The problem of developing security mechanisms needed for management protocols and policy management of personal health information (PHI) remains largely unsolved, according to Gerald Masson, PhD, director of the John Hopkins University Information Security Institute (JHUISI), who spoke at an assembly hearing of the Health IT Standards Committee on Nov. 19.
The hearing addressed health IT security issues, challenges, threats and solutions, and sought input from domain experts and health practitioners on potential security issues regarding health information.
JHUISI is an academic education and research center focusing on information security and assurance issues from the perspectives of education, research and development. One of its primary goals is to develop new security technologies to enable deployment of secure EMRs, according to Masson.
The Health IT for Economic and Clinical Health (HITECH) Act, he stated, puts an enormous burden on covered entities in the form of mandatory notification to the patient if PHI is disclosed.
While the “promises of EMRs are seductive,” Masson stated, “moving from paper-based systems to electronic is not without risk.” For example, it would be easier to unnoticeably sneak out of a hospital or a data center with a USB stick containing 8,000 EMRs than with boxes containing the equivalent paper records, Masson said.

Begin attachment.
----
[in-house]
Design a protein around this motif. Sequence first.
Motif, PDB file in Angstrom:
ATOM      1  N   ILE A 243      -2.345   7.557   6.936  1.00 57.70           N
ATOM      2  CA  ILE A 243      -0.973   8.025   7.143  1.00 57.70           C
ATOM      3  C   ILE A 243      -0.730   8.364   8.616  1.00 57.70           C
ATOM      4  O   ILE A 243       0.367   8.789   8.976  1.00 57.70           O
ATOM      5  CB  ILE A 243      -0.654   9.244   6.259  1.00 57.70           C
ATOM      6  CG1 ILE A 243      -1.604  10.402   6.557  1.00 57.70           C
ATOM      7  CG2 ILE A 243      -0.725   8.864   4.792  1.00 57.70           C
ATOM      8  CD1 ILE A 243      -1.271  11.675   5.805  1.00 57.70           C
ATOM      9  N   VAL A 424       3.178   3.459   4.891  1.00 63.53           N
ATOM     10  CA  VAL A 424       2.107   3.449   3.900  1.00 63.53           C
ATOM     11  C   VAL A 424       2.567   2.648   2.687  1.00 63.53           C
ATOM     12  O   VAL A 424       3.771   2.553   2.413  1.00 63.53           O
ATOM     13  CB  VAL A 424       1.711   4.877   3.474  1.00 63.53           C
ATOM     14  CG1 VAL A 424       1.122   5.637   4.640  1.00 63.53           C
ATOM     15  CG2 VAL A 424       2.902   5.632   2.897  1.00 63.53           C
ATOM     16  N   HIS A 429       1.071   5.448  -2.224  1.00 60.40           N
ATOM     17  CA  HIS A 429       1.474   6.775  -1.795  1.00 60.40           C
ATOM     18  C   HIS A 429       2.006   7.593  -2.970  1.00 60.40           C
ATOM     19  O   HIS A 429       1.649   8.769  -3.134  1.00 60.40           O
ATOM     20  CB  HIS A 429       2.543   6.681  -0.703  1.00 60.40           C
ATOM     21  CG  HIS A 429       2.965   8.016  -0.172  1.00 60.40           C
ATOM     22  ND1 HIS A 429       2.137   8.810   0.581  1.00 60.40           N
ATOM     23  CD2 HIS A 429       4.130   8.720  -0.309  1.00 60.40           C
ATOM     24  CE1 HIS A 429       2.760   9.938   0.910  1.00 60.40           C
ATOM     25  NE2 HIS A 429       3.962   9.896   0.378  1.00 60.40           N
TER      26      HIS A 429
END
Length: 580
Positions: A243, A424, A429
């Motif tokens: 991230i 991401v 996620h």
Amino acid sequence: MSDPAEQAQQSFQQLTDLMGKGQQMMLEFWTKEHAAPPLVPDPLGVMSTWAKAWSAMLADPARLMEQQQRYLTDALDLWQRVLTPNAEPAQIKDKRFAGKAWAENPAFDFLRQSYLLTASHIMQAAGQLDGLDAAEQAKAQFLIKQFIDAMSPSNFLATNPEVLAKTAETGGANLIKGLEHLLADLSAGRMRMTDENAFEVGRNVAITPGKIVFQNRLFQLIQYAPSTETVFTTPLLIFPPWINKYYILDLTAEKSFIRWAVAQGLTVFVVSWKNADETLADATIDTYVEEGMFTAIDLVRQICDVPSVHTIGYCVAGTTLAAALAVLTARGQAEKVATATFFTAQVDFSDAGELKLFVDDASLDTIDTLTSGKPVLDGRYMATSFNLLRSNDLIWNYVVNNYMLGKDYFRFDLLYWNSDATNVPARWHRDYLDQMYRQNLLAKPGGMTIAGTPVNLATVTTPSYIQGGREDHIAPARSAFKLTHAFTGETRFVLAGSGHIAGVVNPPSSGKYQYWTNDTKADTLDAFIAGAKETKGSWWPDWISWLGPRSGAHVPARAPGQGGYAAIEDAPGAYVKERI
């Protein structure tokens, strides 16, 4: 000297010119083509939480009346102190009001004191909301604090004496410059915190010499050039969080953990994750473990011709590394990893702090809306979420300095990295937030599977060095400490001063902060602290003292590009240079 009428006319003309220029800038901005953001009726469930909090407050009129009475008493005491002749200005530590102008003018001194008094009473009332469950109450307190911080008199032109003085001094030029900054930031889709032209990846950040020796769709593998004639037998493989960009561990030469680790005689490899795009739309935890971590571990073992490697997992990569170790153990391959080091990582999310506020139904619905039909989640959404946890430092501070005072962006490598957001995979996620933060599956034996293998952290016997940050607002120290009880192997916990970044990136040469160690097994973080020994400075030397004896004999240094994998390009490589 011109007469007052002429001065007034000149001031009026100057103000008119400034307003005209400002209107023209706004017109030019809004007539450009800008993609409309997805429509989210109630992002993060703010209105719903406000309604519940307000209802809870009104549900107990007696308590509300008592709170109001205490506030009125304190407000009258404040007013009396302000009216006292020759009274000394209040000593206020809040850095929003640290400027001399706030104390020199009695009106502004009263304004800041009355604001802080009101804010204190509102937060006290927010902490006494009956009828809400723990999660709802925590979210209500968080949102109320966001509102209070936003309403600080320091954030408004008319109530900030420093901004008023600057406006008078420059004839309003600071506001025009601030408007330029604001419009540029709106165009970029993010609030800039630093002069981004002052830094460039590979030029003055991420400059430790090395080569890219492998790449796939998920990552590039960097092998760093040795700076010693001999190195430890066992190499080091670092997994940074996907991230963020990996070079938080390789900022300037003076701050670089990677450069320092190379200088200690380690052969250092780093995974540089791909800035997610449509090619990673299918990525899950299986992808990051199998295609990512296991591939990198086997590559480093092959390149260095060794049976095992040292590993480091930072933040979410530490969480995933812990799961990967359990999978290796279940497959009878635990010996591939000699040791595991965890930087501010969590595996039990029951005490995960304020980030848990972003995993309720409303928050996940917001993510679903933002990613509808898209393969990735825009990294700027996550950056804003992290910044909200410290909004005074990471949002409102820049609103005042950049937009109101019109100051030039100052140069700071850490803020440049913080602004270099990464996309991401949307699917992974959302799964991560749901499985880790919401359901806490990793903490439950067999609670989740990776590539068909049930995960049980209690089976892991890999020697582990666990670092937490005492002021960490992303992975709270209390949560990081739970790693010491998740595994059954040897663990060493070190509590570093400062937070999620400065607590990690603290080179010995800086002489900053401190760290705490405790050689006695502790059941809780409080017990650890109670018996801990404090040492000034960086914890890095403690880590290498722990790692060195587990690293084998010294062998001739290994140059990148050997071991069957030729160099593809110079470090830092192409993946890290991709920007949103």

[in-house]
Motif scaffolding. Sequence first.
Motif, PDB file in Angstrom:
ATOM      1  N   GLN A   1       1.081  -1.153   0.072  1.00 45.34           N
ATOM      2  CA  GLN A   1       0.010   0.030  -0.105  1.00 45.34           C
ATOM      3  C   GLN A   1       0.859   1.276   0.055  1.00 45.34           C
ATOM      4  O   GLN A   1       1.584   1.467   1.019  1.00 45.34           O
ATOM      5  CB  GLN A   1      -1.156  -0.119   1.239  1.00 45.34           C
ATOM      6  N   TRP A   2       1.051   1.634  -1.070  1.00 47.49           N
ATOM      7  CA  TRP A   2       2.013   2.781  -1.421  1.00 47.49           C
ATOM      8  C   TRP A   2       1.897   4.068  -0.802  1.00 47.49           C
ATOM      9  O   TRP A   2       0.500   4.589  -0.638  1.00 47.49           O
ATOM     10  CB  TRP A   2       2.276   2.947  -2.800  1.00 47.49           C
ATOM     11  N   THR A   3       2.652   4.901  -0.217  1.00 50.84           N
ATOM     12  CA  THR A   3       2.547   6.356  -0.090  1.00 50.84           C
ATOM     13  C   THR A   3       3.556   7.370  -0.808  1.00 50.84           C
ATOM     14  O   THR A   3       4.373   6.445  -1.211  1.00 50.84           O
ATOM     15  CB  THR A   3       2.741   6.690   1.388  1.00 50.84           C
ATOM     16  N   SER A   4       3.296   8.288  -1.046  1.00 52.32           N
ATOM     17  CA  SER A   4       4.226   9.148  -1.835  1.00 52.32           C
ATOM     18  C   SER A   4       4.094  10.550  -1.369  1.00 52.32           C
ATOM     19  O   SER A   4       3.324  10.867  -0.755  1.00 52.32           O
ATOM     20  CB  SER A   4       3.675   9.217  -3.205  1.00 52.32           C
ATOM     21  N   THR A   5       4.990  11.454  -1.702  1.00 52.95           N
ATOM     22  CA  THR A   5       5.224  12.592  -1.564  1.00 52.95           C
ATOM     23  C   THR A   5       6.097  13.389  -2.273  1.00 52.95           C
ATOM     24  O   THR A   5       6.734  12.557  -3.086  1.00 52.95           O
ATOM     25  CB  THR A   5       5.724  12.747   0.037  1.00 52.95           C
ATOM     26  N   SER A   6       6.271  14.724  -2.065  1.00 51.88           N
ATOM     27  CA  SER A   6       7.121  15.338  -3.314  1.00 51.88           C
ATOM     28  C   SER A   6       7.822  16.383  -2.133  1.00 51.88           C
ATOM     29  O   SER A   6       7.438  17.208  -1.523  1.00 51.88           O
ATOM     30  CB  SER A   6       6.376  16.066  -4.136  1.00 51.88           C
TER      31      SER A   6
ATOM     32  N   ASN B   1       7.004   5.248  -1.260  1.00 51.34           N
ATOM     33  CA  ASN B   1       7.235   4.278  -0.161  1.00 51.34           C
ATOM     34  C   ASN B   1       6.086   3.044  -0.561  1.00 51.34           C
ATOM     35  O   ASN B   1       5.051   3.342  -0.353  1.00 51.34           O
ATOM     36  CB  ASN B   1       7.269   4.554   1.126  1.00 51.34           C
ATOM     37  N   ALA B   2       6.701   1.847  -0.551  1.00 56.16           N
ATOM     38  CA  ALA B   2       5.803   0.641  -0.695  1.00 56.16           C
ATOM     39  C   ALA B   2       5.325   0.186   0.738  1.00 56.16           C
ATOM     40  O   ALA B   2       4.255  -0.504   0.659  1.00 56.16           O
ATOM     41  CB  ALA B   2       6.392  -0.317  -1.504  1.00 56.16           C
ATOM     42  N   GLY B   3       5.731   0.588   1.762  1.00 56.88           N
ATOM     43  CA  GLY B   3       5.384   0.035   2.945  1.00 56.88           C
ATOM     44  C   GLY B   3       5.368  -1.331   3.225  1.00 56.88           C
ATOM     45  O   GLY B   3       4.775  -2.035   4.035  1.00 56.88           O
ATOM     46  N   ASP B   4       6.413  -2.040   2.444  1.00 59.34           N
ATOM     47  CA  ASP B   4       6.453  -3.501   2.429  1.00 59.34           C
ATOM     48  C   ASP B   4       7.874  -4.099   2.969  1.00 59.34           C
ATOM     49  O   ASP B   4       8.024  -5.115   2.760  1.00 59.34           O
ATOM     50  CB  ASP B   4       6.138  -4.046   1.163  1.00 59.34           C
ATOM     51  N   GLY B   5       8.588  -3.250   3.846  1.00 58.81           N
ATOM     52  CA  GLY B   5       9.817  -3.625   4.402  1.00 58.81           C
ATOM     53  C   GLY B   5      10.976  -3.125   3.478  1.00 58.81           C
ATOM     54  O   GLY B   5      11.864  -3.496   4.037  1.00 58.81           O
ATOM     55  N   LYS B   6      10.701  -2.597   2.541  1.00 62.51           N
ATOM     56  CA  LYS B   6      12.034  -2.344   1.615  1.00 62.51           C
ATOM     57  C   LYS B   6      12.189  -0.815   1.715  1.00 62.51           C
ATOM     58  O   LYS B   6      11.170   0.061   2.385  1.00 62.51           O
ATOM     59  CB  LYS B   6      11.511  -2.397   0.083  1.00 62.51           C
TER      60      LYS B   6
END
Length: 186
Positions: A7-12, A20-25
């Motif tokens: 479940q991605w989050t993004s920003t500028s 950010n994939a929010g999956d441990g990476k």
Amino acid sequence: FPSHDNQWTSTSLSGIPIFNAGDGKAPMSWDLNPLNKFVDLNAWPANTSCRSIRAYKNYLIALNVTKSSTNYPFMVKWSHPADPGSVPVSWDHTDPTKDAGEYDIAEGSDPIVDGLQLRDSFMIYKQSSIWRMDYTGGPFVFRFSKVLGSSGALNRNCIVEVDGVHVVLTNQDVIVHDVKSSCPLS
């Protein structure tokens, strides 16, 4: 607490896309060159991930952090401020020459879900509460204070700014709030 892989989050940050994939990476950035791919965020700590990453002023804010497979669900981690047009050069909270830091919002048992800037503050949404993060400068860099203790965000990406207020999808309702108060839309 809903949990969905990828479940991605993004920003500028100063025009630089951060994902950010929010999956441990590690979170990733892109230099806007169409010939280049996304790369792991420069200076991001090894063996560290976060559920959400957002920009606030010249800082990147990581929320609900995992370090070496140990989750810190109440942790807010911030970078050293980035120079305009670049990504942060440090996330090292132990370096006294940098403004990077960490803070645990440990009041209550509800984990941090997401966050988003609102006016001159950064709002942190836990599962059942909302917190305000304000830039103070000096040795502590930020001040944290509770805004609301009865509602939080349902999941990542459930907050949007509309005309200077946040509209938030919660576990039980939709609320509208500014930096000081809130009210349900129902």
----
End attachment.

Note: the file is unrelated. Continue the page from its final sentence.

Additionally, security threats will get worse as attacks grow in sophistication, said Masson.
Masson noted that there is considerable effort from companies like Google, Microsoft and Walmart to provide personally controlled health records (PCHRs). Some intend to offer individuals access to, and control of, their health records, described as “patient-centered" solutions. "Provider-centric” solutions are designed to share EMRs among multiple providers through a centralized data center, Masson said.
EMRs have the potential to improve the U.S. healthcare system, said Masson. “However, EMRs introduce new threats to patient privacy, and so securing EMR systems is paramount.”